“Twenty-two thousand Sleepless on Earth, 95 percent of them in the United States. Eighty percent of those within Sanctuary. Ad since nearly all Sleepless babies were not born, not created in vitro, most Sleepless were now born inside Sanctuary. Parents across the country continued to purchase other genetic alterations: enhanced IQ, sharpened sight, a strong immune system, high cheekbones…. But not Sleeplessness.”
In 2008, Roger and Elizabeth Camden visit a doctor to ‘create’ their dream baby. A girl. Blonde. Green eyes. Tall. Slender. High intelligence. A sense of daring. All these are on the list. As well as no need to sleep. This ‘Sleepless’ program is secret, but Camden is rich and powerful enough to ferret out its existence. And there have been nineteen healthy, intelligent, psychologically normal Sleepless children born so far. The twentieth, sadly, dead. Shaken too hard by a mother who couldn’t cope with a baby who cried 24 hours a day. Fifteen years later, there are 1,082 in the US, more in the rest of the world. Later, it is learnt that the Sleepless are, in a sense, immortal.
So Leisha Camden is Sleepless number 20. She has a twin, Alice, a ‘normal’ girl, a Sleeper. Roger Camden favours Leisha, Elizabeth Camden, Alice.
“You’re sure the second fetus is no threat to my daughter?”
Susan said deliberately, “Nor is the genetically altered fetus a threat to the naturally conceived one.”
He smiled. His voice was low and wistful. “And you think that should matter to me just as much. But it doesn’t. And why should I fake what I feel?”
It is not easy being Sleepless. Sure, school work and the like are easier to handle. After all, there’s no need to sleep. But they aren’t accepted by the Sleepers. As the majority of Sleepers despise their ‘unfair’ advantage. Fast forward to 2051 and this divide has become even more severe as the We-Sleep movement is gaining momentum, with Sleepers buying products made by Sleepers, with profits going solely to Sleepers. And in the Sanctuary, funded largely by wealthy, fanatical Sleepless Jennifer Shafiri, it is the same for the powerful Sleepless, who more or less control most of the world economy. Leisha is one of the few who wants to unite this world, to bridge the economies. She is shunned by those in Sanctuary.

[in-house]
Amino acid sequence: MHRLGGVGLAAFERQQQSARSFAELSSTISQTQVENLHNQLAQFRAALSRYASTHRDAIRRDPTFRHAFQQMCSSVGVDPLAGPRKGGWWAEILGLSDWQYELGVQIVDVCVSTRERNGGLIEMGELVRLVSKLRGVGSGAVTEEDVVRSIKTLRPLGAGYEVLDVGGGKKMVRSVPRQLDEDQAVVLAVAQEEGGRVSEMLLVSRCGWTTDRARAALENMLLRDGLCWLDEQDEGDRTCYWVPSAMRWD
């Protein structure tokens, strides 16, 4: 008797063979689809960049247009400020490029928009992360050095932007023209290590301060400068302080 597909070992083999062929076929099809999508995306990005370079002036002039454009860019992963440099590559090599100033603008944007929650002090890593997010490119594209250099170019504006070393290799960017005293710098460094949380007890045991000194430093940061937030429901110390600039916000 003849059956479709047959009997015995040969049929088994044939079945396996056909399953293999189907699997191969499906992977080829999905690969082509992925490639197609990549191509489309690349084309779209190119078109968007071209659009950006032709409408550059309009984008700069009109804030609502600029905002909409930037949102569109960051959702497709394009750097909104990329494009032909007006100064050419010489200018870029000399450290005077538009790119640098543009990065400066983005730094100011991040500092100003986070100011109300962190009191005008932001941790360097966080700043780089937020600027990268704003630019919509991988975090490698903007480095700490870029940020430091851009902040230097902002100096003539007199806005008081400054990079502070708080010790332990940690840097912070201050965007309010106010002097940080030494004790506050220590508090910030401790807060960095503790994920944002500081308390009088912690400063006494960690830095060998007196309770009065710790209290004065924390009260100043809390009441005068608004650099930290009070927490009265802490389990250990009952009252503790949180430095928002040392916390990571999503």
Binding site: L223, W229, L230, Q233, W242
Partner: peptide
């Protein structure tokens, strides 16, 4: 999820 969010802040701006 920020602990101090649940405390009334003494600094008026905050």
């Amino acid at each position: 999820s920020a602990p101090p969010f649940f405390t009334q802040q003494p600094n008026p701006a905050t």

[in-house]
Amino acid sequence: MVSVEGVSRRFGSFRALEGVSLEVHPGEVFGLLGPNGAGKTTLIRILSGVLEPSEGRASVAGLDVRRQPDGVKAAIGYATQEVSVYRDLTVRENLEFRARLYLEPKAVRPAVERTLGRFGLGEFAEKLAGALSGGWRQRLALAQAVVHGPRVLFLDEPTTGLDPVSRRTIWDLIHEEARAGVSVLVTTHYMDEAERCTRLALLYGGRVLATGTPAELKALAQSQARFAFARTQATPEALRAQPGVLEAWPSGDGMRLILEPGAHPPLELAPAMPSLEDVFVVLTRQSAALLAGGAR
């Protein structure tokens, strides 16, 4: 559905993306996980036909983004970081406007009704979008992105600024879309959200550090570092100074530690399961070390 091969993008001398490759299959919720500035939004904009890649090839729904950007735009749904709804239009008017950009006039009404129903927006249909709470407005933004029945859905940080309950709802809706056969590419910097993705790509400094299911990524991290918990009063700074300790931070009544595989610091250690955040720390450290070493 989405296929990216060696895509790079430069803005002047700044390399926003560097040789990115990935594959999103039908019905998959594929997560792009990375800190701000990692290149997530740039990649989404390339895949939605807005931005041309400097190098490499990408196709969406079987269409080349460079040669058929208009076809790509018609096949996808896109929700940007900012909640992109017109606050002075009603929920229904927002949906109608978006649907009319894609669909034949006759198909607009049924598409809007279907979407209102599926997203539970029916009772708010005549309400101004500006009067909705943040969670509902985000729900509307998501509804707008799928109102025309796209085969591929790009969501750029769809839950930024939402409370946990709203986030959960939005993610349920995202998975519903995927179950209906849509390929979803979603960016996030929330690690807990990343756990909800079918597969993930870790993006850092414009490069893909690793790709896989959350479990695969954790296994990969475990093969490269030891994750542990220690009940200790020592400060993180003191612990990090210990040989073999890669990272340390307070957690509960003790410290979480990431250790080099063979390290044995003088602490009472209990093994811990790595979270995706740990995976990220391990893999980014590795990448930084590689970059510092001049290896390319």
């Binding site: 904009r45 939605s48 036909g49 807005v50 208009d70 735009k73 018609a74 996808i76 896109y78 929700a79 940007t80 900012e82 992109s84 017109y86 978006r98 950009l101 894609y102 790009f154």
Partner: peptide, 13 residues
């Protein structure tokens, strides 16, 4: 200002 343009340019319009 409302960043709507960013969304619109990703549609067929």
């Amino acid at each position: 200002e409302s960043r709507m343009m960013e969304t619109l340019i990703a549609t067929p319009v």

We progress to 2075, when Sanctuary is orbital, although it and its members are still part of the United States. And now there are the Super-Sleepless children or teens, whose brains operate at several times the speed of the Sleepless, with enhanced concentration and mnemonic capabilities. This gene modification (or genemod) though results in minor loss of motor control, so that the Super-Sleepless twitch.
If all this isn’t disturbing enough, the Sleepless Council on Sanctuary (who run the place, with the Shafiri family presiding) are faced with difficult decisions. Sleeper babies have been born to Sleepless families. A productive Sleepless is hurt in an accident and requires round-the-clock care. In the minds of many on the council, especially Jennifer Shafiri, these people are not productive. For:
“To be productive was to be fully human. To share your productivity with the community in strict fairness was to create strength and protection for all. Anyone who would try to violate either truth – to reap the benefits of community without in turn contributing productively to it – was obscene, an inhuman beggar.”
Beggars in Spain is both a terrifying and remarkable book. There is science and it is fiction. There’s plenty of politics. But the science isn’t the sort that whooshes way above your head. Kress explains it all well, weaves it in deftly, and gives us these characters, especially Miri, a Super-Sleepless, who take us through this evolving society, so like and unlike our own.
“What if you walk down that street in Spain and a hundred beggars each want a dollar and you say no and they have nothing to trade you but they’re so rotten with anger about what you have that they knock you down and grab it and then beat you out of sheer envy and despair?”